Case Study: The Soap Co. Edinburgh

  • To improve employees’ self esteem and personal development
  • To develop a sustainable business

As it takes on a proving and improving process, the following are some examples of a ‘brainstorm’ of indicators that the Soap Co. Edinburgh might want to use to determine whether it’s meeting its objectives.


Sample Quantitative Indicators for the Soap Co. Edinburgh

Social – Indicators that the Soap Co is improving employees’ self-esteem and personal development.  Business – Indicators that tell the Soap Co. that it is meeting, or how it can meet, its business objectives.
How many hours of training did the employee receive? How many units of soap and other products were sold?
How often did an employee require health care for a certain condition as compared with other people outside of the company that had the same condition? How often did customers come back for more products?
How much money did the organisation bring into the local economy? How much money did the company make in profits?
How long did an employee stay in her new job? How long does it take the business to see a surplus or profit?

Sample Qualitative Indicators for the Soap Co. Edinburgh

Social – Indicators that the Soap Co is improving employees’ self-esteem and personal development.  Business – Indicators that tell the Soap Co. that it is meeting, or how it can meet, its business objectives.
How confident did the employee feel in working in a shop when she began? How confident in this does she feel now? How has the marketing of the products affected sales?
Why do employees work at the Soap Co? Why do the customers buy from the business? Is their motivation in line with how the business markets itself?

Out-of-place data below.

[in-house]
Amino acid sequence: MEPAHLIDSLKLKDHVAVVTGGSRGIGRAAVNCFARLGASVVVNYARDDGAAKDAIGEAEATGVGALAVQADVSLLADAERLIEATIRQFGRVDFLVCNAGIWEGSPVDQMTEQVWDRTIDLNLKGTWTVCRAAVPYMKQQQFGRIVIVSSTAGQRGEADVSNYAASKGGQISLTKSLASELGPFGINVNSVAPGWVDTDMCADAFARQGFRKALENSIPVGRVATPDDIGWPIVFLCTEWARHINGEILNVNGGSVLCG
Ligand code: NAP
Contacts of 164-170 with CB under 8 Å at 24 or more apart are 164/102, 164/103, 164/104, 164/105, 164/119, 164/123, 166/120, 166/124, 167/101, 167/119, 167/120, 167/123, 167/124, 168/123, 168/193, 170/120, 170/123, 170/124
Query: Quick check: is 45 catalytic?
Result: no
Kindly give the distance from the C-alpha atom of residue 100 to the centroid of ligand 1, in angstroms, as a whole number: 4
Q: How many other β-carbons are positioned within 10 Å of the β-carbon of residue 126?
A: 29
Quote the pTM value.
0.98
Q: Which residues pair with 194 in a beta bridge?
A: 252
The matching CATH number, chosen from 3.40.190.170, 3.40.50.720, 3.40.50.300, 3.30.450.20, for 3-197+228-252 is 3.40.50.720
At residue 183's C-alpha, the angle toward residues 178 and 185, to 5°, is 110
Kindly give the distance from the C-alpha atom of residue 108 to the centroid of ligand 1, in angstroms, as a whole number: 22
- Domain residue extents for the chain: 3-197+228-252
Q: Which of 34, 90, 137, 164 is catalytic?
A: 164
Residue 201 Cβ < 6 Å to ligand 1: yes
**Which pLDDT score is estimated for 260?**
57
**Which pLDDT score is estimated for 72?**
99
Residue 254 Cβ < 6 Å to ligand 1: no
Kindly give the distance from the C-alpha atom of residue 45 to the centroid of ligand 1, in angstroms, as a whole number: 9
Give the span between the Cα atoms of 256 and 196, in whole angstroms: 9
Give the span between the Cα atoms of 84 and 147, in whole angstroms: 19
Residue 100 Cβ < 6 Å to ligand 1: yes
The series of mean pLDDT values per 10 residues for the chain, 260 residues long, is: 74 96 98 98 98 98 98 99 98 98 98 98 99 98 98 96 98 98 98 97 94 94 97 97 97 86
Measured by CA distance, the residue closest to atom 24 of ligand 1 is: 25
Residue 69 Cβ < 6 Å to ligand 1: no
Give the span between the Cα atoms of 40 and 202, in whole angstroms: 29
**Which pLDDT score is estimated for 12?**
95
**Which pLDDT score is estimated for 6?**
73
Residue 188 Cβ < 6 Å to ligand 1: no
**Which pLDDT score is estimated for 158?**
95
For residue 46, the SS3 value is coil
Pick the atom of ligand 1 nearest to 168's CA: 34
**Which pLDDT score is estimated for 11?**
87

When do employees move into other jobs? When does the business generate its highest turnover?
Who does the company employ? (e.g. what are their characteristics, who are they?) Who are the target customers? Has the business reached them effectively?
Which forms of support can the company give that can have the most effect on employees’ personal development? Which products have sold out of stock?

Sample Qualitative Indicators for the Soap Co. Edinburgh

The Soap Co. would want to put all of these potential questions to the AIMS test:

Action focused – If the company wanted to improve its marketing, the answers to the questions on the bottom right hand side of the sample indicators chart would be able to feed into the process.

  • Important –The Soap Co. would seek answers to the questions most important either within the management, to the employees, to the customers, to Forth Sector, the umbrella organisation, to financiers or funders, or to all of these groups together.
  • Measurable – Some things would be very important to stakeholders, and help to inform future action, but are not necessarily easy to measure! The Soap Co. is looking for a way to measure changes in people’s self esteem, so the management might start with what it can measure, like how long people stay in their jobs alongside their reasons for staying or moving on.
  • Simple – Knowing which products sell out of stock is an indicator of the popularity of those items and can inform decisions like how much of the product to make in future. It is a much simpler alternative to more elaborate market research that determines the same thing.

Mayoux, L. (2002) What do we want to know? Selecting Indicators. EDIAIS

1 Some organisations call the objective changes that occur as a result of their work ‘hard’ outcomes.
2 These changes in attitudes, opinions, skills and other things that occur within people or groups are sometimes called ‘soft’ outcomes.
3 Mayoux, L. (2002) What do we want to know? Selecting Indicators. EDIAIS
4 Walker, P. et al (2000) Prove it: measuring the effect of neighbourhood renewal on local people © nef (the new economics foundation) London.


Top of Page

Previous: How to Measure Back to Contents Next: Gather Information


Training Programme
Strategic overviews for leaders and practical training for teams.

We offer tailored online and on-site training and briefings on SROI, Theory of Change, measuring social impact, commissioning for outcomes and social value, measuring local economic impact, community economic development, the social value of research, and more.

Clients include local authorities, universities, public health services, charities, community groups, membership bodies, and responsible businesses.

Find out more

Sign up for updates

Join our mailing list

by @nefconsulting